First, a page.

What is RoHS?
On July 1, 2006, the countries of the European Union (EU) adopted the RoHS (Restriction of Hazardous Substances) directive. This restricts the use of six substances (some heavy metals, PBB's and PBDE's) to very small parts per million concentrations in all electrical and electronic products sold in the EU (with a few exceptions). In effect, it amounts to a ban on these substances. A good overview can be found at the UK's National Measurement Office (NMO).
Does the RoHS directive apply to thermal transfer ribbons?
The short answer is yes. In the world of thermal transfer ribbons (TTR), RoHS applies to printers and other hardware, as well as ribbons. In practice, however, your customer might not want to have these distinctions spelled out, and might have an end user who wants immediate confirmation that these substances are absent. The first thing to say is that these substances are indeed absent from all DNP thermal transfer ribbons. If that is not enough, offer them a Restricted Hazardous Substances (RoHS) Conformance Declaration from DNP.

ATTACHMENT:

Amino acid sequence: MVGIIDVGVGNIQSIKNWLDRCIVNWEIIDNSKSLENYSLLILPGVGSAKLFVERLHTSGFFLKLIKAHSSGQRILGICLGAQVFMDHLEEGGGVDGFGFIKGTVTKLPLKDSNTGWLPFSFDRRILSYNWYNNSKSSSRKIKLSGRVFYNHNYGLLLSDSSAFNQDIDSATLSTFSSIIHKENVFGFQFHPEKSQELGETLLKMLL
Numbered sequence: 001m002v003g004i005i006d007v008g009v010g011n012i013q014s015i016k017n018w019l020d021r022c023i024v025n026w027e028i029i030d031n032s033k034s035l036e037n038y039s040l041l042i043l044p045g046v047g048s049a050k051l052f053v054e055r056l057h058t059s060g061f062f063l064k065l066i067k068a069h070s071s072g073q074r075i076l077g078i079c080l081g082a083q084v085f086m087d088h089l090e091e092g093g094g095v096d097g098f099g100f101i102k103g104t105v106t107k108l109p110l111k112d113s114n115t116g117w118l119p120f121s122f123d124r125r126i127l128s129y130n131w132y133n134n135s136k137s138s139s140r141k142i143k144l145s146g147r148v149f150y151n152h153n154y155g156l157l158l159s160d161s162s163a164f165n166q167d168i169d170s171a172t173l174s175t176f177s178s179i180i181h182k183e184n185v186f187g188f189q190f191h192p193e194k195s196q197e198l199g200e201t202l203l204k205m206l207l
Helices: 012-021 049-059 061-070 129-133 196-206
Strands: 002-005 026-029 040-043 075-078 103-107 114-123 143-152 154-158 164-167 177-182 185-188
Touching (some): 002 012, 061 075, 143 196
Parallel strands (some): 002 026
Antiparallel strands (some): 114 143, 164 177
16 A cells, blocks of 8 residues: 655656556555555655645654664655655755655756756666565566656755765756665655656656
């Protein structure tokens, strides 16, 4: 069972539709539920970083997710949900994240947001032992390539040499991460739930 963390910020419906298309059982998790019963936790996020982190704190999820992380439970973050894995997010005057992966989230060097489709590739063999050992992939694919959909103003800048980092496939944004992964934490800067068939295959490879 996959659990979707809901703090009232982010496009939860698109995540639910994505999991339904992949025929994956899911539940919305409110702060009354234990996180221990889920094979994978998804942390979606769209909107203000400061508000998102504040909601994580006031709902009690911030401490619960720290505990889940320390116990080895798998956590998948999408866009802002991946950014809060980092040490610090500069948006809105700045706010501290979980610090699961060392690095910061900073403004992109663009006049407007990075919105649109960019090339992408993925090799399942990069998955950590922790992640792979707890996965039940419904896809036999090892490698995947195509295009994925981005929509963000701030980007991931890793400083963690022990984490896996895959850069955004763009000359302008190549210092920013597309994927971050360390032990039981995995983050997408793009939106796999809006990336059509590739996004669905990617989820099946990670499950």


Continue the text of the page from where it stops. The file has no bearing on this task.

Does RoHS affect my thermal transfer ribbon business?
While the RoHS directive is for electrical and electronic products sold in the EU, United States VARs and Resellers should have a basic understanding of the directive, especially if you plan sell to any US manufacturers who export globally or have plans to export globally.